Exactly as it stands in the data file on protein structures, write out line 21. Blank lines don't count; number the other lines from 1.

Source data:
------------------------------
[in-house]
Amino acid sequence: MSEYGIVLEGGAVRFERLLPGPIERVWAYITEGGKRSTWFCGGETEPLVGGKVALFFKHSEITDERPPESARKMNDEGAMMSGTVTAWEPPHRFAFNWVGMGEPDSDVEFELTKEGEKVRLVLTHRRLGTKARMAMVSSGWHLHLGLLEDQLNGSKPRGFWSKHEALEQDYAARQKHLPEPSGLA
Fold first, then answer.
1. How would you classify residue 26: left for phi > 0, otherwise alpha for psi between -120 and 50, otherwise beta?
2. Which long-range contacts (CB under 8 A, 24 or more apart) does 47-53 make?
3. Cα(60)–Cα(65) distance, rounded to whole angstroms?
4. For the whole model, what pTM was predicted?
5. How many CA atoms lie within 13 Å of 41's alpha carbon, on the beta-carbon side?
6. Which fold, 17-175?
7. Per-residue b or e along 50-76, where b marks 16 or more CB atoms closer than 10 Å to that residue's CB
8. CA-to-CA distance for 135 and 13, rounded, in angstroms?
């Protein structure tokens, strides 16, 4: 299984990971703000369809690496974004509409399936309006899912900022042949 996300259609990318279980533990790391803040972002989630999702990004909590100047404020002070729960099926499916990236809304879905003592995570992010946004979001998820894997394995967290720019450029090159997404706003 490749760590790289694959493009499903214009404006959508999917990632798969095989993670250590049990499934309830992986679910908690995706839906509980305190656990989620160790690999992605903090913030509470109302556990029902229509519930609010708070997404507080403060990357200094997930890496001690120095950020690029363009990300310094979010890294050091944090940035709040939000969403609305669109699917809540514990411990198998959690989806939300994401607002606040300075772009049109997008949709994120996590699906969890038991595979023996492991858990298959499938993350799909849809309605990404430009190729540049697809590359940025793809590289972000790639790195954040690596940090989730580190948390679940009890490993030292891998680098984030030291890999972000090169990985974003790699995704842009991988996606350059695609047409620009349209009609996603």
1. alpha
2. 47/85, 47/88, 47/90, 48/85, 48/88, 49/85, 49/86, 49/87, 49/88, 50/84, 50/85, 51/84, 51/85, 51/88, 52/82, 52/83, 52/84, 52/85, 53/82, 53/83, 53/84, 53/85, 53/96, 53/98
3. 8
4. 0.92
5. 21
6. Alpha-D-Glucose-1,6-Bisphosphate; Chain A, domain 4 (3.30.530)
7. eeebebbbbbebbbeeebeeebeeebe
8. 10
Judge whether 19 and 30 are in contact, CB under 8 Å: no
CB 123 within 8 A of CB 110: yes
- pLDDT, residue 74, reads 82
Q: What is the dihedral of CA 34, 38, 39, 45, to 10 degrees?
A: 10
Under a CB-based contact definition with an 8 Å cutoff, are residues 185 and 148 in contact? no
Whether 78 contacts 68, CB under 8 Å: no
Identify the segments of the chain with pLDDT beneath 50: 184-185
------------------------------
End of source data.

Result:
Judge whether 19 and 30 are in contact, CB under 8 Å: no